“When the novices in the Amer­i­can front lines saw the im­pla­ca­ble ad­vance of Bri­tish bay­o­nets, some started to panic. Their of­fi­cers, such as Key, did not com­mand much re­spect and could not calm them. One line of sol­diers broke and ran, then an­other. As the troops started to flee the bat­tle zone, their hap­less of­fi­cers joined them, caus­ing still more to bolt. As the gun­fire in­ten­si­fied, the Amer­i­cans took flight by the hun­dreds and then thou­sands. Most sim­ply ran back to­ward Wash­ing­ton, in­clud­ing Lieu­tenant Key, who chugged down the dirt road look­ing sweaty and ridicu­lous in his blue uni­form. Wags and car­toon­ists would soon dub this mass re­treat the ‘Bladens­burg Races,’ a de­ri­sive term that did ser­vice as a punch line for decades. In the Bladens­burg Races, Fran­cis Scott Key was a sprinter.”

Yet, Key did re­cover enough courage to ob­tain per­mis­sion from Madi­son to go to the aid of a fam­ily friend who had been ar­rested and de­tained by Bri­tish forces in Bal­ti­more. Upon his ar­rival, Key asked the Bri­tish to re­lease his friend, Dr. Wil­liam Beanes. But Key was him­self or­dered to de­ten­tion while the Bri­tish at­tended to some un­fin­ished busi­ness.

Mor­ley again: “As the Bri­tish forces bom­barded Fort McHenry on the morn­ing of Septem­ber 14, 1814, they proved their prow­ess in the spec­tac­u­lar and use­less dis­play of mil­i­tary power. The Bri­tish ships, an­chored out­side the range of the Amer­i­can guns, faced no re­turn fire. The U.S. forces in­side the fort hung out a mas­sive red, white and blue flag and hun­kered down to with­stand the on­slaught. They ab­sorbed the ar­tillery fire all night, with epic ex­plo­sions from the mas­sive Bri­tish can­nons light­ing up the night sky. When dawn came, Key saw the Bri­tish had not breached the fort’s walls and the flag was still there. The Bri­tish of­fi­cers, not car­ing to ex­pend more am­mu­ni­tion, de­cided they had made their point and prepared to move on.”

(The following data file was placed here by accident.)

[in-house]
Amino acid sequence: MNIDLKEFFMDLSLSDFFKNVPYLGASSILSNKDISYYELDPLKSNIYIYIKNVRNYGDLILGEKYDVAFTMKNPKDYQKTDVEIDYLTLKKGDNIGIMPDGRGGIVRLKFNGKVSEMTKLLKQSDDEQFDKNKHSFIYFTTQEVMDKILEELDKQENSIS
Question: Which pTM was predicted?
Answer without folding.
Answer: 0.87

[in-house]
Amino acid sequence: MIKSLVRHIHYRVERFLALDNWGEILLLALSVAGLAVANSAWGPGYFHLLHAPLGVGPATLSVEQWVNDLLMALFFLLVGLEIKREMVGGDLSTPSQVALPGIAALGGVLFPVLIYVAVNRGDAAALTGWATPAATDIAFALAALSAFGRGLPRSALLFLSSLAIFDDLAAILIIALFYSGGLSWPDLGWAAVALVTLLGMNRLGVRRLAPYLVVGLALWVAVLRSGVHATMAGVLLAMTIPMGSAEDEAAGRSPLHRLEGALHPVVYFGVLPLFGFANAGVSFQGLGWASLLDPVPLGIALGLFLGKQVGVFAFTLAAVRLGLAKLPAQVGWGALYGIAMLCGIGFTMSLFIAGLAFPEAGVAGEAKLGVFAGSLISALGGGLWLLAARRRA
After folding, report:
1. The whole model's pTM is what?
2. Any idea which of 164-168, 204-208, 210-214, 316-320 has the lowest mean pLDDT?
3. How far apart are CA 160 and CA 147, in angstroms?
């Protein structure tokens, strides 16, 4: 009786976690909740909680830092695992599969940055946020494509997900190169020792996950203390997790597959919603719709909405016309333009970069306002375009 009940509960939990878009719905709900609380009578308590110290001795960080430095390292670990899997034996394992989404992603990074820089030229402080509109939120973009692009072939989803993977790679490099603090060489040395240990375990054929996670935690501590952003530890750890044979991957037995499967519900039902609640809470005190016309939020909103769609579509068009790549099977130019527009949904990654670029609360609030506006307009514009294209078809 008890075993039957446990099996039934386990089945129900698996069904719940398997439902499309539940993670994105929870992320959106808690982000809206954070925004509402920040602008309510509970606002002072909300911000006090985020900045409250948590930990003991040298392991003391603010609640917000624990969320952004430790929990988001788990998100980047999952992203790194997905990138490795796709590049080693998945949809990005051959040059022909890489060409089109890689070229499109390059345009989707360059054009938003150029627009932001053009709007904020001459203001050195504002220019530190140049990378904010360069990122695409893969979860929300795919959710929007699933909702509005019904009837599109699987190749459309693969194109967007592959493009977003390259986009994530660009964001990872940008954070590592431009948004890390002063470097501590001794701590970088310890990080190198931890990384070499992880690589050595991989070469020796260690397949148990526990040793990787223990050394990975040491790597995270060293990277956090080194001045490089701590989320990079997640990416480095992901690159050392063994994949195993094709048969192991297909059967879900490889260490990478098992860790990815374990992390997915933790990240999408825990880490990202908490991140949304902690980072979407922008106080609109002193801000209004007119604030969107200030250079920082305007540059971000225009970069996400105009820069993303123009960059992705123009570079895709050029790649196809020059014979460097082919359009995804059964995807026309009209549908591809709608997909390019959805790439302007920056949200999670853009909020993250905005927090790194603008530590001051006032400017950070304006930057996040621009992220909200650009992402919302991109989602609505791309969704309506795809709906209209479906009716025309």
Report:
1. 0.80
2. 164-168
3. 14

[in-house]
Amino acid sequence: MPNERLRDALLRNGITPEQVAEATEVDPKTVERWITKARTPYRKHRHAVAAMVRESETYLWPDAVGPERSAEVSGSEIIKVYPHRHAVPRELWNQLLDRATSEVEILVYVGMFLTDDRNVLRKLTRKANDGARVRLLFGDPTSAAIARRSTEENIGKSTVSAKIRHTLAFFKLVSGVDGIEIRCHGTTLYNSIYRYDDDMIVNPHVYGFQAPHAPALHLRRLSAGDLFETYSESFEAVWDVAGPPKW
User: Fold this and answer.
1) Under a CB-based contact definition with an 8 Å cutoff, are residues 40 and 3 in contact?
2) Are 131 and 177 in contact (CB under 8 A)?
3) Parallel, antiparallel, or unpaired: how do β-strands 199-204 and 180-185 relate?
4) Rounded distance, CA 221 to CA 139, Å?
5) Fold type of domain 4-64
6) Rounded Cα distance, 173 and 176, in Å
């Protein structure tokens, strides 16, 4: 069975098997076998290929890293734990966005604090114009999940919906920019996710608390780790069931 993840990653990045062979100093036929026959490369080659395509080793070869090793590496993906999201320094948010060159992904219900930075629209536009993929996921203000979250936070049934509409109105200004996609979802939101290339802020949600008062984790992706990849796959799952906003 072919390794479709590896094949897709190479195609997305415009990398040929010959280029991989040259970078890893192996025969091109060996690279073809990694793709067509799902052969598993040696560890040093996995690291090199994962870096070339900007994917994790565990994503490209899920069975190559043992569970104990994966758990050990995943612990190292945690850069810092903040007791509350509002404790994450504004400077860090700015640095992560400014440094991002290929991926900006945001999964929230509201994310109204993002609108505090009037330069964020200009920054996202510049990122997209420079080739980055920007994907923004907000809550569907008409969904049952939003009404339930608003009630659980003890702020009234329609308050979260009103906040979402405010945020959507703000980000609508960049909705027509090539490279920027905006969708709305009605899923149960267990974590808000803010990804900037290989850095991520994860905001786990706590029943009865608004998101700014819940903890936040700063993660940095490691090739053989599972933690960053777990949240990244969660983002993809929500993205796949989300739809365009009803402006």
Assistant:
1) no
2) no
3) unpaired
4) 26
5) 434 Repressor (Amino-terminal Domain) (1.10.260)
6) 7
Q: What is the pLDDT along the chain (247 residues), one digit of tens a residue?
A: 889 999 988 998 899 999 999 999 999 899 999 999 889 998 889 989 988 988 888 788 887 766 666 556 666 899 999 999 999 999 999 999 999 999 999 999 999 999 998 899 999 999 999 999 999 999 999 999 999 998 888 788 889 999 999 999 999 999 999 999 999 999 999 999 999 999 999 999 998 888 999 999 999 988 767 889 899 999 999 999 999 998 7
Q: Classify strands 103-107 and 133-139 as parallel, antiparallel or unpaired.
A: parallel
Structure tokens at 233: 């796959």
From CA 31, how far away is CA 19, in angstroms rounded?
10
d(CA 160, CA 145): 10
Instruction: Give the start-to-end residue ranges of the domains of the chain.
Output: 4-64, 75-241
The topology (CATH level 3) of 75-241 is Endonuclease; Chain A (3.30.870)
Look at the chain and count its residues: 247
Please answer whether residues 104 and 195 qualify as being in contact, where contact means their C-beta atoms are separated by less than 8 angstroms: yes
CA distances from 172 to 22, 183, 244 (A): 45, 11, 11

“In the mod­ern mind,” writes Mor­ley, “where the song ends the ball game be­gins.” But where does the StarS­pan­gled Ban­ner end? Cer­tainly not at the first stanza.

The words from the third stanza are the most dis­turb­ing: “No refuge could save the hireling and slave / From the ter­ror of flight, or the gloom of the grave.”

Dur­ing that Au­gust 1814, as the Bri­tish marched from Mary­land to Wash­ing­ton, more than 1,000 slaves ran away from their white own­ers to join the Bri­tish, who had of­fered them free­dom in ex­change for their as­sis­tance.

Even as Key wrote the Star-Span­gled Ban­ner and sought to have his friend’s free­dom re­stored, he de­sired that enslaved African-Amer­i­cans should re­main for­ever enslaved, and fur­ther that only death was the ap­pro­pri­ate pun­ish­ment for any slave seek­ing free­dom.

Key’s ilk still lurk about to­day. They pa­rade in so-called white na­tion­al­ist marches in places like Char­lottesville, Vir­ginia. They bran­dish Con­fed­er­ate flags. They oc­cupy the high­est of­fices in the United States of Amer­ica and use their of­fice to pro­mote and en­gage in vil­i­fi­ca­tion and phys­i­cal at­tacks upon African-Amer­i­cans.

No one should stand for hypocrisy and cow­ardice. No one should stand for slav­ery and its mod­ern ves­tiges. No one should stand for racial and eth­nic pro­fil­ing. No one should stand for the quin­tes­sen­tial man­i­fes­ta­tion of racism that is in­ex­tri­ca­bly in­ter­wo­ven into both the flag and its an­them.

In­deed, take a knee.

The NFL will now fine play­ers who fol­low the ex­am­ple of for­mer San Francisco 49er Colin Kaeper­nick (right) and take a knee dur­ing the na­tional an­them.